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Receipt of Concurrent VA and Non-VA Opioid and Sedative-Hypnotic Prescriptions Among Post-9/11 Veterans With Traumatic Brain Injury.

Ashraf AJ, Gilbert TA, Holmer HK, Cook LJ, Carlson KF. Receipt of Concurrent VA and Non-VA Opioid and Sedative-Hypnotic Prescriptions Among Post-9/11 Veterans With Traumatic Brain Injury. The Journal of head trauma rehabilitation. 2021 Sep 1; 36(5):364-373.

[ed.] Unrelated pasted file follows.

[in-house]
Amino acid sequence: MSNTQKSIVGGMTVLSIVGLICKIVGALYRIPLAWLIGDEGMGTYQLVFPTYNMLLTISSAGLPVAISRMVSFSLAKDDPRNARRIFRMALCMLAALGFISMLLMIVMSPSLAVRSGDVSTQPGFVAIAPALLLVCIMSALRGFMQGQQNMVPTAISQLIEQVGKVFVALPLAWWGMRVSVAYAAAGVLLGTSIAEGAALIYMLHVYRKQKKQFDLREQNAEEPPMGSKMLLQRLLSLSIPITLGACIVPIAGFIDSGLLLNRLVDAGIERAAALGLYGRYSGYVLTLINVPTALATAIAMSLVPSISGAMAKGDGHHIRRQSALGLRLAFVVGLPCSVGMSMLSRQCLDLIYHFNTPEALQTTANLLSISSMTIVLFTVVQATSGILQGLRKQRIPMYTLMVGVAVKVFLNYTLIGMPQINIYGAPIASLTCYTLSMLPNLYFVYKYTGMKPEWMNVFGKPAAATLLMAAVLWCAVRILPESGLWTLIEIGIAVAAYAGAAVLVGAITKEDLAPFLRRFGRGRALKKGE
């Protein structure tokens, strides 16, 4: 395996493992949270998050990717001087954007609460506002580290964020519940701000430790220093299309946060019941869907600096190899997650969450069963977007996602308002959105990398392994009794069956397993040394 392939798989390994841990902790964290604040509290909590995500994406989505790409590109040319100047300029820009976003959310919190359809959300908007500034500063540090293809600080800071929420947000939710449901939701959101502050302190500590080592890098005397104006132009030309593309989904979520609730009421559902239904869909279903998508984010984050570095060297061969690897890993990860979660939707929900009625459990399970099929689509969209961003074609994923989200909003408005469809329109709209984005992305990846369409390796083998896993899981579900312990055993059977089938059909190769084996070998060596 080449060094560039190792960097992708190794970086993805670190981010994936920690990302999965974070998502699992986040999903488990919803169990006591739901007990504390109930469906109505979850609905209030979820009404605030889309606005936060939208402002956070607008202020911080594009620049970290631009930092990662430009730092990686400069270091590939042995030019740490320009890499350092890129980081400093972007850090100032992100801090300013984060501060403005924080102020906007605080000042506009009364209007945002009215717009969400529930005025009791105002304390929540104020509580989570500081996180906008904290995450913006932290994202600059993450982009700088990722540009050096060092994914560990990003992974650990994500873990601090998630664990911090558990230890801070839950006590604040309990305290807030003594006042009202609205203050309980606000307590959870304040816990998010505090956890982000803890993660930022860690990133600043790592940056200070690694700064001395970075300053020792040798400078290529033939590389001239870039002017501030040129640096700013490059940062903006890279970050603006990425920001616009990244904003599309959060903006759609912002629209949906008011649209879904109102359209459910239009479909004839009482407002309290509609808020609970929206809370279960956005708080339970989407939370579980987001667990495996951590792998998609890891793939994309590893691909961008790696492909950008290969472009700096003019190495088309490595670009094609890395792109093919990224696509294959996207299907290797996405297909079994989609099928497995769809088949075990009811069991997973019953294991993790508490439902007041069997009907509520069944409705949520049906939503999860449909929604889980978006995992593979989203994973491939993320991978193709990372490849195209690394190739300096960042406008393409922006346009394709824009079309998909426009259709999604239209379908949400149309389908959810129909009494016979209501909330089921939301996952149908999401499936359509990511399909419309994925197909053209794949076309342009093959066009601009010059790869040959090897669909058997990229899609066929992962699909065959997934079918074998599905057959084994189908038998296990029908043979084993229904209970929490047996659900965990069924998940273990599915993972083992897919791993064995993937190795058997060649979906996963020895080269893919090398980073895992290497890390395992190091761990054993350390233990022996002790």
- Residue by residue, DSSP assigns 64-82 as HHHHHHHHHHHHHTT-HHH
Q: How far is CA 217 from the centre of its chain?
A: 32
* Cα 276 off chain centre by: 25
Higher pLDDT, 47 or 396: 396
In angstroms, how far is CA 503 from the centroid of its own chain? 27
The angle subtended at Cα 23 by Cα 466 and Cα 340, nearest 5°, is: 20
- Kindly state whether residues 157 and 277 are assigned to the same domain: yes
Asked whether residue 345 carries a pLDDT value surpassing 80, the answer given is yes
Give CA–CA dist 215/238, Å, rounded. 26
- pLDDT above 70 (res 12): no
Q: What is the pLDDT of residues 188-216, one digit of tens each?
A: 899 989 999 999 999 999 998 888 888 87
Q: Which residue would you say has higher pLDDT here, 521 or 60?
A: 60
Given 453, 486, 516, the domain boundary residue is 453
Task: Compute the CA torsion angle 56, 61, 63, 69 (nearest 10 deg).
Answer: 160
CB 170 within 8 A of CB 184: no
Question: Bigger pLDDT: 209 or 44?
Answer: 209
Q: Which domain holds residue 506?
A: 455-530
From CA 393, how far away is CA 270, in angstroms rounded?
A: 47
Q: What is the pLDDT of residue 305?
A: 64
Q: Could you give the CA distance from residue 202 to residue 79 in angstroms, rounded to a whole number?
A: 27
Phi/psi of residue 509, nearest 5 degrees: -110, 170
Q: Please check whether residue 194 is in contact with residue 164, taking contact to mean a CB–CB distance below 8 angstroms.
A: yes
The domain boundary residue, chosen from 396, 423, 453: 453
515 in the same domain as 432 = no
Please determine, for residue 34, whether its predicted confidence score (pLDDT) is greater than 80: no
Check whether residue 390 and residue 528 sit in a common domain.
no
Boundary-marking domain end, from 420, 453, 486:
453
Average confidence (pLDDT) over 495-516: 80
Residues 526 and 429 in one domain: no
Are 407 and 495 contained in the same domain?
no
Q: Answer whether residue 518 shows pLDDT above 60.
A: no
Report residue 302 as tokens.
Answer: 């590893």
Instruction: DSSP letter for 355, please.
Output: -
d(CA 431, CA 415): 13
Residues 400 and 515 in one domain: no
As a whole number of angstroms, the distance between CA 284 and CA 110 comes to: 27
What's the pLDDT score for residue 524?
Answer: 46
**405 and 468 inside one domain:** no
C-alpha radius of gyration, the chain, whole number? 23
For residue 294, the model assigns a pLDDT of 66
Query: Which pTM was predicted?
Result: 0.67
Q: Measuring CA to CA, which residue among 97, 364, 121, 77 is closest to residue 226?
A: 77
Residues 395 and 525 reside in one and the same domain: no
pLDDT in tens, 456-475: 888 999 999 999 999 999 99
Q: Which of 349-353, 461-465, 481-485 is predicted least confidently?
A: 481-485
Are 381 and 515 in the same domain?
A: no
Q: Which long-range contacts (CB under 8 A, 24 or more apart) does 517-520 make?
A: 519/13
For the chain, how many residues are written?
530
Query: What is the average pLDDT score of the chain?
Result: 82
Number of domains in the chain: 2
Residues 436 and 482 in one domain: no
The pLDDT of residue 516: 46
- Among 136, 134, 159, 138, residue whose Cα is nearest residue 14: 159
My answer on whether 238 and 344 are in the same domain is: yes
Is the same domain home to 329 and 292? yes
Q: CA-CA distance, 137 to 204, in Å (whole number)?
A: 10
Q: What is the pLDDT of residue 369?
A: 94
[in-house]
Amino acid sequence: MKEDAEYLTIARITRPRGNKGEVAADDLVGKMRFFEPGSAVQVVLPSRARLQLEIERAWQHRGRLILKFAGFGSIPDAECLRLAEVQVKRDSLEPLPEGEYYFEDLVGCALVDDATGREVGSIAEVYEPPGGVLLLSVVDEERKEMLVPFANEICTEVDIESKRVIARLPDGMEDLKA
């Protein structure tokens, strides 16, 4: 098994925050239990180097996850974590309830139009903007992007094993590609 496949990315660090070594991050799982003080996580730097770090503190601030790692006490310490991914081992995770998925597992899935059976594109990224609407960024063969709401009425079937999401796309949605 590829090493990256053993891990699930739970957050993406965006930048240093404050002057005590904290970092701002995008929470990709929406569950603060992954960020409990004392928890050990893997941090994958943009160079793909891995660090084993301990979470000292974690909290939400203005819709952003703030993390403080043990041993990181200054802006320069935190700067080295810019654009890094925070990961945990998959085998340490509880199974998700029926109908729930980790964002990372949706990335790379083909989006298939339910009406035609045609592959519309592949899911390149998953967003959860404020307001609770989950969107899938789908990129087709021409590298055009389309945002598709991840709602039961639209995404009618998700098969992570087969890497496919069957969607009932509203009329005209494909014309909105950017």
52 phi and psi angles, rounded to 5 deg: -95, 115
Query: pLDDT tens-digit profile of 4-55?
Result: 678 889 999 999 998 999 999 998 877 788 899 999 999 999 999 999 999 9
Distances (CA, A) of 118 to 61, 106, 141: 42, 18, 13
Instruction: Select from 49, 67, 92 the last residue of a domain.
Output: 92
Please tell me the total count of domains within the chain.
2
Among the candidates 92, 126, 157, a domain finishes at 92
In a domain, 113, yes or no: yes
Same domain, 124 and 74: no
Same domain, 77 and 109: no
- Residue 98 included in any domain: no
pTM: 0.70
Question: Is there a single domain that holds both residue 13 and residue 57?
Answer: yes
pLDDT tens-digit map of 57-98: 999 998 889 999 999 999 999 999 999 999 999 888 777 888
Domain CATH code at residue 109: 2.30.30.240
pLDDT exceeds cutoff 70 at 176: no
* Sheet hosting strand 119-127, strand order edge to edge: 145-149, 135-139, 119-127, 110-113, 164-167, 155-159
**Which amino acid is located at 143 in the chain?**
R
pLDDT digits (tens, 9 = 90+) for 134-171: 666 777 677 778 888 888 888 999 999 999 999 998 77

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OBJECTIVE: Receipt of concurrent psychotropic prescription medications from both US Department of Veterans Affairs (VA) and non-VA healthcare providers may increase risk of adverse opioid-related outcomes among veterans with traumatic brain injury (TBI). Little is known about patterns of dual-system opioid or sedative-hypnotic prescription receipt in this population. We estimated the prevalence and patterns of, and risk factors for, VA/non-VA prescription overlap among post-9/11 veterans with TBI receiving opioids from VA providers in Oregon. SETTING: Oregon VA and non-VA outpatient care. PARTICIPANTS: Post-9/11 veterans in Oregon with TBI who received an opioid prescription from VA providers between the years of 2014 and 2019. DESIGN: Historical cohort study. MAIN MEASURES: Prescription overlap of VA opioids and non-VA opioids or sedative-hypnotics; proportions of veterans who received VA or non-VA opioid, benzodiazepine, and nonbenzodiazepine sedative-hypnotic prescriptions were also examined by year and by veteran characteristics. RESULTS: Among 1036 veterans with TBI receiving opioids from the VA, 210 (20.3%) received an overlapping opioid prescription from a non-VA provider; 5.3% received overlapping benzodiazepines; and none received overlapping nonbenzodiazepine sedative-hypnotics. Proportions of veterans with prescription overlap tended to decrease over time. Veterans with other than urban versus urban addresses (OR = 1.4; 95% CI, 1.0-1.8), high versus medium average annual VA visits (OR = 1.7; 95% CI, 1.1-2.6), and VA service connection of 50% or more versus none/0% to 40% (OR = 4.3; 95% CI, 1.3-14.0) were more likely to have concurrent VA/non-VA prescriptions in bivariable analyses; other than urban remained associated with overlap in multivariable models. Similarly, veterans with comorbid posttraumatic stress disorder diagnoses were more likely to have concurrent VA/non-VA prescriptions in both bivariable and multivariable (OR = 2.1; 95% CI, 1.0-4.1) models. CONCLUSION: Among post-9/11 veterans with TBI receiving VA opioids, a considerable proportion had overlapping non-VA prescription medications. Providers and healthcare systems should consider all sources of psychotropic prescriptions, and risk factors for overlapping medications, to help mitigate potentially unsafe medication use among veterans with TBI.

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